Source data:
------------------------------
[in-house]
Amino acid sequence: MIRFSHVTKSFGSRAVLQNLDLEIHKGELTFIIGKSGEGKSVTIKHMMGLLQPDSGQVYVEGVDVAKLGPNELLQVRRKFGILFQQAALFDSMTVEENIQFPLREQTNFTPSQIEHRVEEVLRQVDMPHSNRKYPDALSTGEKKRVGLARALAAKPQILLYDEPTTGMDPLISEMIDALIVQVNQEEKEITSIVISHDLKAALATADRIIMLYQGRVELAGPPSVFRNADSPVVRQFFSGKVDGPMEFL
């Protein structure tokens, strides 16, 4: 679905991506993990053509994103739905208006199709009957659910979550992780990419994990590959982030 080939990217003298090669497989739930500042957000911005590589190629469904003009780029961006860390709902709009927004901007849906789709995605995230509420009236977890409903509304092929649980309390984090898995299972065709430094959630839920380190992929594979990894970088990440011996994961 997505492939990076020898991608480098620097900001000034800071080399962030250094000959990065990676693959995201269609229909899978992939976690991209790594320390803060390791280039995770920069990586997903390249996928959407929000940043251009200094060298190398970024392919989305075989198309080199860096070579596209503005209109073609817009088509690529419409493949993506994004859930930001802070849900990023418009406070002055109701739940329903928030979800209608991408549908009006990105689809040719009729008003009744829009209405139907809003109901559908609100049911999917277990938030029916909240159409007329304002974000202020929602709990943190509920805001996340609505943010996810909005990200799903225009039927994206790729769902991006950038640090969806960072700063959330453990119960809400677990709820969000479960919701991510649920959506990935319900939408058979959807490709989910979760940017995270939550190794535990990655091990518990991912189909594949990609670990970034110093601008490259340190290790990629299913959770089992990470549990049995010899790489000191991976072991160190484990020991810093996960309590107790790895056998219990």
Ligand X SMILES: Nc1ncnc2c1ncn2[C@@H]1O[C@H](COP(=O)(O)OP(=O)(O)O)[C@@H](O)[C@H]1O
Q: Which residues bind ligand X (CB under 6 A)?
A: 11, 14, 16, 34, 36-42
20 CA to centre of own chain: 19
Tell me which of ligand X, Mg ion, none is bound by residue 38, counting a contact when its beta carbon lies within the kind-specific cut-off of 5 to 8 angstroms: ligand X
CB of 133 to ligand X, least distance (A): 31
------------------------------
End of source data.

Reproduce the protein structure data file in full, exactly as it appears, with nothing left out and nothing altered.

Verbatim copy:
[in-house]
Amino acid sequence: MIRFSHVTKSFGSRAVLQNLDLEIHKGELTFIIGKSGEGKSVTIKHMMGLLQPDSGQVYVEGVDVAKLGPNELLQVRRKFGILFQQAALFDSMTVEENIQFPLREQTNFTPSQIEHRVEEVLRQVDMPHSNRKYPDALSTGEKKRVGLARALAAKPQILLYDEPTTGMDPLISEMIDALIVQVNQEEKEITSIVISHDLKAALATADRIIMLYQGRVELAGPPSVFRNADSPVVRQFFSGKVDGPMEFL
């Protein structure tokens, strides 16, 4: 679905991506993990053509994103739905208006199709009957659910979550992780990419994990590959982030 080939990217003298090669497989739930500042957000911005590589190629469904003009780029961006860390709902709009927004901007849906789709995605995230509420009236977890409903509304092929649980309390984090898995299972065709430094959630839920380190992929594979990894970088990440011996994961 997505492939990076020898991608480098620097900001000034800071080399962030250094000959990065990676693959995201269609229909899978992939976690991209790594320390803060390791280039995770920069990586997903390249996928959407929000940043251009200094060298190398970024392919989305075989198309080199860096070579596209503005209109073609817009088509690529419409493949993506994004859930930001802070849900990023418009406070002055109701739940329903928030979800209608991408549908009006990105689809040719009729008003009744829009209405139907809003109901559908609100049911999917277990938030029916909240159409007329304002974000202020929602709990943190509920805001996340609505943010996810909005990200799903225009039927994206790729769902991006950038640090969806960072700063959330453990119960809400677990709820969000479960919701991510649920959506990935319900939408058979959807490709989910979760940017995270939550190794535990990655091990518990991912189909594949990609670990970034110093601008490259340190290790990629299913959770089992990470549990049995010899790489000191991976072991160190484990020991810093996960309590107790790895056998219990």
Ligand X SMILES: Nc1ncnc2c1ncn2[C@@H]1O[C@H](COP(=O)(O)OP(=O)(O)O)[C@@H](O)[C@H]1O
Q: Which residues bind ligand X (CB under 6 A)?
A: 11, 14, 16, 34, 36-42
20 CA to centre of own chain: 19
Tell me which of ligand X, Mg ion, none is bound by residue 38, counting a contact when its beta carbon lies within the kind-specific cut-off of 5 to 8 angstroms: ligand X
CB of 133 to ligand X, least distance (A): 31